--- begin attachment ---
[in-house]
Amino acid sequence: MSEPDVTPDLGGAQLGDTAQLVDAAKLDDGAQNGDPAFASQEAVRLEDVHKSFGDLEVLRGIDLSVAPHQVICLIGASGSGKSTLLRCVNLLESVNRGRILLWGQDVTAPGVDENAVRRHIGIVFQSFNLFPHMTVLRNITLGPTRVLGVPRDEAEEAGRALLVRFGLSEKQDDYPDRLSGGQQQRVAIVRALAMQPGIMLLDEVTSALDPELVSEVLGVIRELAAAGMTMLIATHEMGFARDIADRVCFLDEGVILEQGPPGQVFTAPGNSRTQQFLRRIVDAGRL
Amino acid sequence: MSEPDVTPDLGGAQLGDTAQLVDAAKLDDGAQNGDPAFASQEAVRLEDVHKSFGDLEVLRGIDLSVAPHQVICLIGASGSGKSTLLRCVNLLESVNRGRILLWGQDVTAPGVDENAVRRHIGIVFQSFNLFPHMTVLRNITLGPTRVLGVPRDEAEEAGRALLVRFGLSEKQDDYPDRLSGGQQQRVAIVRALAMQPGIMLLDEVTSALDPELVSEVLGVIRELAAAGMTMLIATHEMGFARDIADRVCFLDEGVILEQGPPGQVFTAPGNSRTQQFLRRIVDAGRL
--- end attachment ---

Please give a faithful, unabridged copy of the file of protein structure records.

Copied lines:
[in-house]
Amino acid sequence: MSEPDVTPDLGGAQLGDTAQLVDAAKLDDGAQNGDPAFASQEAVRLEDVHKSFGDLEVLRGIDLSVAPHQVICLIGASGSGKSTLLRCVNLLESVNRGRILLWGQDVTAPGVDENAVRRHIGIVFQSFNLFPHMTVLRNITLGPTRVLGVPRDEAEEAGRALLVRFGLSEKQDDYPDRLSGGQQQRVAIVRALAMQPGIMLLDEVTSALDPELVSEVLGVIRELAAAGMTMLIATHEMGFARDIADRVCFLDEGVILEQGPPGQVFTAPGNSRTQQFLRRIVDAGRL
Amino acid sequence: MSEPDVTPDLGGAQLGDTAQLVDAAKLDDGAQNGDPAFASQEAVRLEDVHKSFGDLEVLRGIDLSVAPHQVICLIGASGSGKSTLLRCVNLLESVNRGRILLWGQDVTAPGVDENAVRRHIGIVFQSFNLFPHMTVLRNITLGPTRVLGVPRDEAEEAGRALLVRFGLSEKQDDYPDRLSGGQQQRVAIVRALAMQPGIMLLDEVTSALDPELVSEVLGVIRELAAAGMTMLIATHEMGFARDIADRVCFLDEGVILEQGPPGQVFTAPGNSRTQQFLRRIVDAGRL